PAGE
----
How voting laws are changing in four swing states in 2024

In several key swing states, voting laws have changed heading into the 2024 election, which could affect how pivotal races in those states end up.

The race for the White House between President Joe Biden and former President Donald Trump will likely be decided by various states that have changed laws aimed at either improving accessibility or security. Here are four states where the voting laws have changed.

North Carolina

In the Tar Heel State, voters will have to show a photo ID for the first time to participate in elections. The law, which was passed in 2018 but was only allowed to go into effect recently, makes North Carolina one of more than a dozen states that require a photo ID to cast a ballot in the presidential election.

Another change the legislature has pushed despite Gov. Roy Cooper’s (D-NC) veto is to the way the state’s election board is selected.

The law would change the board’s makeup from five governor appointees, with three from the executive’s party, to eight members appointed by the legislature based on the suggestions from top party officials in the state legislature.

A North Carolina superior court blocked the law last month, and it appears unlikely to go into effect for the 2024 election.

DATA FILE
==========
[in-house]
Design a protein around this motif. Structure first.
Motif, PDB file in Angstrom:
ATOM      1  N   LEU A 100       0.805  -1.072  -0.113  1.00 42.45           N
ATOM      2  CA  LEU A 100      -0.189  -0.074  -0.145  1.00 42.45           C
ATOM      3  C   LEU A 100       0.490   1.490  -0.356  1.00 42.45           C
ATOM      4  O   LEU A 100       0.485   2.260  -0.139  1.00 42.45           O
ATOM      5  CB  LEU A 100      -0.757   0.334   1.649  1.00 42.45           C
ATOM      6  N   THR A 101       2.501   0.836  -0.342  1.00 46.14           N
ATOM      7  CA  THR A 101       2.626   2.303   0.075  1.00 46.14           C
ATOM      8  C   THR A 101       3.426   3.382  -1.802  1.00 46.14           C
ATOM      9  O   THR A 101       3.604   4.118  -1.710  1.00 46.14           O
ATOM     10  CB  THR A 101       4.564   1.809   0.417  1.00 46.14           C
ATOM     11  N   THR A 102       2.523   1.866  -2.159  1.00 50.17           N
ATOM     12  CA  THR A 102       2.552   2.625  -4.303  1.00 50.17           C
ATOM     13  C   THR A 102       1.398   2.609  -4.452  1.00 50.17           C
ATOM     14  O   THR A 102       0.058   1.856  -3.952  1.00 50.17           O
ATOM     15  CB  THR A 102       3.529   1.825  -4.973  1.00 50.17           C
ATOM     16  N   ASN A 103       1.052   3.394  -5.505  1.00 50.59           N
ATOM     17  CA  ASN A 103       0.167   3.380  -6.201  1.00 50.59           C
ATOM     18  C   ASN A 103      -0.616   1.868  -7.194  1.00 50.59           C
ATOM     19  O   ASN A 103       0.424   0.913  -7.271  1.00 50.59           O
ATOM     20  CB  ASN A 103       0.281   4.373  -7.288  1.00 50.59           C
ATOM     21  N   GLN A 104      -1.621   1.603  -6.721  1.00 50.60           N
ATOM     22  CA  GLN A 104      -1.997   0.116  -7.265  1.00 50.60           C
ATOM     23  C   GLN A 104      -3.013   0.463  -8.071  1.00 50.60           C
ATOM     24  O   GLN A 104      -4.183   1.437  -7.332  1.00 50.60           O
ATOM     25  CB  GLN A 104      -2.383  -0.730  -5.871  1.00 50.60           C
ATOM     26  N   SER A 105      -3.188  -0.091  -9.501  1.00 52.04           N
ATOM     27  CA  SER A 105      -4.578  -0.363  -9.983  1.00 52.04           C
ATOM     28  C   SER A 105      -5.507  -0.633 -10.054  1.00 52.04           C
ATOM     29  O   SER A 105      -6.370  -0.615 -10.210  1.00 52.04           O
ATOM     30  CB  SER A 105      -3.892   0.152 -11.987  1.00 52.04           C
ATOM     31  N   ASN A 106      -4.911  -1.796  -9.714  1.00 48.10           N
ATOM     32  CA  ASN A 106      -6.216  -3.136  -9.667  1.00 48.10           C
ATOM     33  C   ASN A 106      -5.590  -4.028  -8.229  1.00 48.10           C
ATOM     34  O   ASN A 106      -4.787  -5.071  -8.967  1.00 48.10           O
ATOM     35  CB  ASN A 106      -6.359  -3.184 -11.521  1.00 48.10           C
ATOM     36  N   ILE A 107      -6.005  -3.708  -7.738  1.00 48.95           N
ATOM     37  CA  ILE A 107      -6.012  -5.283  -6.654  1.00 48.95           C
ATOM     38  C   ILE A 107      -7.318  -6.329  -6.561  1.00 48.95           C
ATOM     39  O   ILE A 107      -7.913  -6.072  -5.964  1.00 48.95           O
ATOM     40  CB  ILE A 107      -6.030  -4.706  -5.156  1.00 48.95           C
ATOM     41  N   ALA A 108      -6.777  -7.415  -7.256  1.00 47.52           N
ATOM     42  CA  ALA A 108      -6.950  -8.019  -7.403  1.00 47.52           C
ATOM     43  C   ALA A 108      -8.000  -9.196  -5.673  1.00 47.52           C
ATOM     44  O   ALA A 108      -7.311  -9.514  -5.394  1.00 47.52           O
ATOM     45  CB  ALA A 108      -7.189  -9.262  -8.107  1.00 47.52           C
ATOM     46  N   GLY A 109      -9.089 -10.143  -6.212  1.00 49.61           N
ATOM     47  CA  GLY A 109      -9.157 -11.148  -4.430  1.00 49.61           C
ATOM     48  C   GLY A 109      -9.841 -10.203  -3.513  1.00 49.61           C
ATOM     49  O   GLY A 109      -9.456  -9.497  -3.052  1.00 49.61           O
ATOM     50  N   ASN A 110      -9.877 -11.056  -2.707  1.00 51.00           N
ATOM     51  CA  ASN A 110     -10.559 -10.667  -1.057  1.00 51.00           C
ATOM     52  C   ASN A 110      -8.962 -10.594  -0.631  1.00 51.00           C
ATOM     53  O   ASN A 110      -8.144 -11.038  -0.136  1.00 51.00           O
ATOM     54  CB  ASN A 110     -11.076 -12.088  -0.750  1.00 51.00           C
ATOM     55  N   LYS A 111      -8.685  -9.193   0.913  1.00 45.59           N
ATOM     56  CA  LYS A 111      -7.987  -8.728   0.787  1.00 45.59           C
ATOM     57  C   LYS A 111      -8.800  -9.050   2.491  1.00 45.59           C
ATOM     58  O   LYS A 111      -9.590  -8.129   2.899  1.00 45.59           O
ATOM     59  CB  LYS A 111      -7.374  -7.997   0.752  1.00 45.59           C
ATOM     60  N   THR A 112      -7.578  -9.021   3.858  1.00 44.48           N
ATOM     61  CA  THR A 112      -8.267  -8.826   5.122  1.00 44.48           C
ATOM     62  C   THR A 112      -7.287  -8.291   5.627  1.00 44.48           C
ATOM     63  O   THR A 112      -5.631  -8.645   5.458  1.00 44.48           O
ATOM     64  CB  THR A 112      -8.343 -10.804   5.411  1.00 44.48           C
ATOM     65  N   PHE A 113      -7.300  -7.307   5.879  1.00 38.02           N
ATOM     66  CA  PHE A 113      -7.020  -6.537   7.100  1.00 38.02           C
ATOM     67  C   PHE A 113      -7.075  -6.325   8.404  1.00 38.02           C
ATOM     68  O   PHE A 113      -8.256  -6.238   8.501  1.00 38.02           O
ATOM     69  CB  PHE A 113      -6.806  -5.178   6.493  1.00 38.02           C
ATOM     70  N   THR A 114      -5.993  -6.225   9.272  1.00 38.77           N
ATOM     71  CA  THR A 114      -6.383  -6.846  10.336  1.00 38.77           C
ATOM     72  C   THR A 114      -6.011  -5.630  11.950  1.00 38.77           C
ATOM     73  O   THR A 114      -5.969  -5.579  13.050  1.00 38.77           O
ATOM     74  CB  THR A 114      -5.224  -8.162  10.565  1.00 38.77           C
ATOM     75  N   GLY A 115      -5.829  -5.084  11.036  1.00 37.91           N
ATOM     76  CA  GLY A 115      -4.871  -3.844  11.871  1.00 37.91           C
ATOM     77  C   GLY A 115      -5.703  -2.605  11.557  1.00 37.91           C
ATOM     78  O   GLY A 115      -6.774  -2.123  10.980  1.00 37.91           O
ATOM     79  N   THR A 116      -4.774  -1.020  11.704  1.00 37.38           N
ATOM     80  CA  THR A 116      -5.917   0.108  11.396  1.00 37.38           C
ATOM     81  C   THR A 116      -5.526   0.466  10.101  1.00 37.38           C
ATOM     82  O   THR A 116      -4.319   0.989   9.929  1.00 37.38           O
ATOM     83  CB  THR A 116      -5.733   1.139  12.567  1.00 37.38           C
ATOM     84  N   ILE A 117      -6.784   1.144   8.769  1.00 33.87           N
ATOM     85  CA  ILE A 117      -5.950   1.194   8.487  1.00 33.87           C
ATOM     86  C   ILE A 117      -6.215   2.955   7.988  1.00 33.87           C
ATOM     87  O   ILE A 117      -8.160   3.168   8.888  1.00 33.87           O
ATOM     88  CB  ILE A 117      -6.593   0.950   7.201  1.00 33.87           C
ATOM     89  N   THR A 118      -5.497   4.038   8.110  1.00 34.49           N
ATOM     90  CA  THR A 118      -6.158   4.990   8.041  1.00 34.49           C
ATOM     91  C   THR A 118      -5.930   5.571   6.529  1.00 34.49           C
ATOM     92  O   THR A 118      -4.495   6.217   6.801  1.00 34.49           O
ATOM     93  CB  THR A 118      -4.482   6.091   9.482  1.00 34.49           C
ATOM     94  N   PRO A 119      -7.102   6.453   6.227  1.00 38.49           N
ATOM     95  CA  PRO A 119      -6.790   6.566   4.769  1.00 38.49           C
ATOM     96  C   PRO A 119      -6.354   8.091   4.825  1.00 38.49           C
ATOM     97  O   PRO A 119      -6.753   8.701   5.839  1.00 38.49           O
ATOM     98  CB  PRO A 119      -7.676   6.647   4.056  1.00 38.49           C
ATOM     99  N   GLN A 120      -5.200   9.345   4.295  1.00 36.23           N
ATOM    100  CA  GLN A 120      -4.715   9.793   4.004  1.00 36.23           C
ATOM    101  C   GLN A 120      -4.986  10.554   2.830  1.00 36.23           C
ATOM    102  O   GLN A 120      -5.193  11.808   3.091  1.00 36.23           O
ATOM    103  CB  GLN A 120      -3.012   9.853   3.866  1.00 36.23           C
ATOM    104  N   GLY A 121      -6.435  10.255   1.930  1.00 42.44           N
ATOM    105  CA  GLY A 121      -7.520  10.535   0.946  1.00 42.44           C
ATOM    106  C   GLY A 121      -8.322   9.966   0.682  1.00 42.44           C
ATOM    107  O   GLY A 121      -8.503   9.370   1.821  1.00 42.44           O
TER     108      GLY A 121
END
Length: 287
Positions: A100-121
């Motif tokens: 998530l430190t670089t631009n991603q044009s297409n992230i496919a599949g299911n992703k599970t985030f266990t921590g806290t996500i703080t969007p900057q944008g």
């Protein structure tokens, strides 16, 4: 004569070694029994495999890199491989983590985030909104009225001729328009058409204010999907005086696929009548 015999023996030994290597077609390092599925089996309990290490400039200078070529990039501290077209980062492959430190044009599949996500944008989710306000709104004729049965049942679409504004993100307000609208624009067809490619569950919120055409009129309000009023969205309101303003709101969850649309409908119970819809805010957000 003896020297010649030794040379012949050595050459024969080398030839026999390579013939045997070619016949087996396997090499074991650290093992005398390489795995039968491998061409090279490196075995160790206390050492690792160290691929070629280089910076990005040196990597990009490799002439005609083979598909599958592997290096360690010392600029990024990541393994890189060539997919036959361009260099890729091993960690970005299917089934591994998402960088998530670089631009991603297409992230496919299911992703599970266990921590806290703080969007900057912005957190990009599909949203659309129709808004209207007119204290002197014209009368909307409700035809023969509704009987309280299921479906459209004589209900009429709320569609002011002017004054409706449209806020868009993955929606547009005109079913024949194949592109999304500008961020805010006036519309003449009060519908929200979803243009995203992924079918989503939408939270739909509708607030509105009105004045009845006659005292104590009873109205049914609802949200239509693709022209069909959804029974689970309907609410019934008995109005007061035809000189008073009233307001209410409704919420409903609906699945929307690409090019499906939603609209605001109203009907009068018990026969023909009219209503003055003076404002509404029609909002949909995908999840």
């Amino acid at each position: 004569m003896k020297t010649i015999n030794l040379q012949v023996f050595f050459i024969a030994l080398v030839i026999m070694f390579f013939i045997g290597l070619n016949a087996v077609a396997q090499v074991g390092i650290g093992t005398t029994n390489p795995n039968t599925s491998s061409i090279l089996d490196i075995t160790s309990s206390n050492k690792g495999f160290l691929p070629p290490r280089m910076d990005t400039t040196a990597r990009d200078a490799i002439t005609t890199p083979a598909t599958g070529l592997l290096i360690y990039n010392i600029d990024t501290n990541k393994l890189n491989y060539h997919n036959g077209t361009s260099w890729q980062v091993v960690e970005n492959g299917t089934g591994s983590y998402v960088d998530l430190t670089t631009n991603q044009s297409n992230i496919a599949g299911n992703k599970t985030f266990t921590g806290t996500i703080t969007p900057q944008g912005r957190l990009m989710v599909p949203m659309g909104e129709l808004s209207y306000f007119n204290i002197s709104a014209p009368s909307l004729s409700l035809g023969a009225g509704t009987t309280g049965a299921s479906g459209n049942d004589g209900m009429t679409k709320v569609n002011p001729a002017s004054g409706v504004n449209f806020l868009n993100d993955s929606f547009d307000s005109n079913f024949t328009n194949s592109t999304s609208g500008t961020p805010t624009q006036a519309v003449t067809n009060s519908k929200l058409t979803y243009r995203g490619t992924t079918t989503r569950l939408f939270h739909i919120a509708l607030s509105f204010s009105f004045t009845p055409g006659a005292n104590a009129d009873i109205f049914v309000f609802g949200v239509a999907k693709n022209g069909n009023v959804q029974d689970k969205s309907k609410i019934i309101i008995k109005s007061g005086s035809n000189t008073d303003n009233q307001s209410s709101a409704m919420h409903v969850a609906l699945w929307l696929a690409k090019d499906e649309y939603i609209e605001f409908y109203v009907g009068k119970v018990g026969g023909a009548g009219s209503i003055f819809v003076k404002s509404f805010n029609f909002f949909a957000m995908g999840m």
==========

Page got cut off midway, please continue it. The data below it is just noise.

Michigan lawmakers made several changes to the state’s election laws in the lead-up to the 2024 election, beginning with new laws enshrined by voters in 2022.

Proposal 2, in the 2022 general election, created a nine-day early voting period, along with requiring voters to sign an affidavit or provide photo identification when voting or applying for an absentee ballot in the state.

The state also passed several other measures in 2023, including allowing 16- and 17-year-olds to preregister to vote for future elections.


The Peach State implemented some of the most controversial changes to its voting systems in 2021, which garnered criticism from several prominent Democrats, including Biden.

The measures passed by the state legislature and signed into law by Gov. Brian Kemp (R-GA) with Senate Bill 202 solidified early and mail-in voting while also implementing other measures, such as requiring a photo ID to apply for an absentee ballot and blocking advocates from giving food, drink, and gifts to voters in line.

Another measure, which could be implemented for the 2026 elections in the Peach State, would prevent ballots from being counted using a QR code, instead having to be counted with marks or using text. It has yet to be signed into law by Kemp.


In the Keystone State, one of the biggest changes to election law came in 2023 when Gov. Josh Shapiro (D-PA) rolled out automatic voter registration in September.


The system allows citizens who are getting or renewing their driver’s license at the Department of Motor Vehicles to be registered to vote unless they opt out.

A recent court case in Pennsylvania ruled the state may not count undated mail-in ballots, possibly invalidating a handful of ballots in a state that is expected to be tightly contested in November.

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